Marcel Salikhov, President of the Institute for Energy and Finance, commented to the Kommersant FM radio station on the realistic nature of Gazprom's forecast of gas prices over $4,000 per 1,000 cubic meters in winter in Europe.
Because of the abnormal heat in Europe, problems began with the delivery of coal along the rivers. In addition, gas supplies from Norway have decreased due to scheduled repairs at the fields. Against this background, gas futures prices continue to grow, and hypothetically, quotes can overcome the bar of $4,000, Marcel Salikhov, president of the Institute for Energy and Finance, admits.
However, according to him, this would be the exception rather than the rule:
“During the peaks, on some separate days, it is possible that prices can reach $4,000 and exceed them, but we are not talking about some kind of long-term forecast. This is an assumption, such prices have never been. No one knows what may be happening in the market and how supply and demand will react.
Let's say the same Germany replenishes its storages ahead of schedule. In Europe as a whole, the occupancy of UGS facilities is 75%. The target level by November 1 is at least 80%. Most likely, their goal will be 90%, and it takes about 7 billion cubic meters to reach 80%. It's not that much. Supplies are at low levels. If we calculate everything in total, then this is about 110 million cubic meters per day, which is about four times less than last year.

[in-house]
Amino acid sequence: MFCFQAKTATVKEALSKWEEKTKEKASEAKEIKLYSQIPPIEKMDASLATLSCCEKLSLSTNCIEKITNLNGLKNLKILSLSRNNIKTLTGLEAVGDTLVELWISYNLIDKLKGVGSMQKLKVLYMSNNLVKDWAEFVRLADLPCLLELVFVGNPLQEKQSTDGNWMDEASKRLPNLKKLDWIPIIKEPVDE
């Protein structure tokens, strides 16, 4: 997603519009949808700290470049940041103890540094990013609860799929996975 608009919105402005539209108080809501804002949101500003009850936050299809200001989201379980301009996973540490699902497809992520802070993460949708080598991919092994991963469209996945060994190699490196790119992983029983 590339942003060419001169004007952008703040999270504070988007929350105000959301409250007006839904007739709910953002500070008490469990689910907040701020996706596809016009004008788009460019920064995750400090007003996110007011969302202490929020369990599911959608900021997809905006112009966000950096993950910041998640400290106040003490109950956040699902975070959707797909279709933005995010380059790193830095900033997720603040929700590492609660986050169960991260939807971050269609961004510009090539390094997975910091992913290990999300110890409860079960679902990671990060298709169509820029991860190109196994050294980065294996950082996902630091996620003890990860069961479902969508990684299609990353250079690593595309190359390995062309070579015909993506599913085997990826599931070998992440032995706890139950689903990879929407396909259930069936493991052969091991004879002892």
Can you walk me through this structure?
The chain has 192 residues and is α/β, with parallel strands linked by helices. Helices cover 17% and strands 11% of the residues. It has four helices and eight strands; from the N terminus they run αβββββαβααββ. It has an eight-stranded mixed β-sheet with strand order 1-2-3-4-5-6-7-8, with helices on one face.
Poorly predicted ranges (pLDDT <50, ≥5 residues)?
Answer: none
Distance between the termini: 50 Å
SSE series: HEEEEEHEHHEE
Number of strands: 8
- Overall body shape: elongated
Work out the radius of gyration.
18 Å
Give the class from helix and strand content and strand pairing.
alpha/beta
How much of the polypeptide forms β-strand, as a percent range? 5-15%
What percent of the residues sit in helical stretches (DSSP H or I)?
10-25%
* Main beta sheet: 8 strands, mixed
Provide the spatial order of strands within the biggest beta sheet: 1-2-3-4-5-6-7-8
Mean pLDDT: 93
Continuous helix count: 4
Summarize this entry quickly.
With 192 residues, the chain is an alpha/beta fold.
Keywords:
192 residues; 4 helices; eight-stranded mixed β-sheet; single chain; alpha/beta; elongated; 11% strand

Naturally, this creates a shortage in the European market. It seems to me that the situation is already quite close to the fact that next year Russian gas supplies will stop and transit to Southern Europe will begin through the Turkish Stream. The situation is difficult, you need to make decisions.
Now the main alternative is LNG, which is being repurchased, and there are many more opportunities on the horizon of several years. Plus, there is a chance to expand their own production. In the Netherlands, in principle, it is possible to increase production. There are talks about allowing the extraction of shale oil in the same Germany. At such prices, any gas production project will be profitable.”
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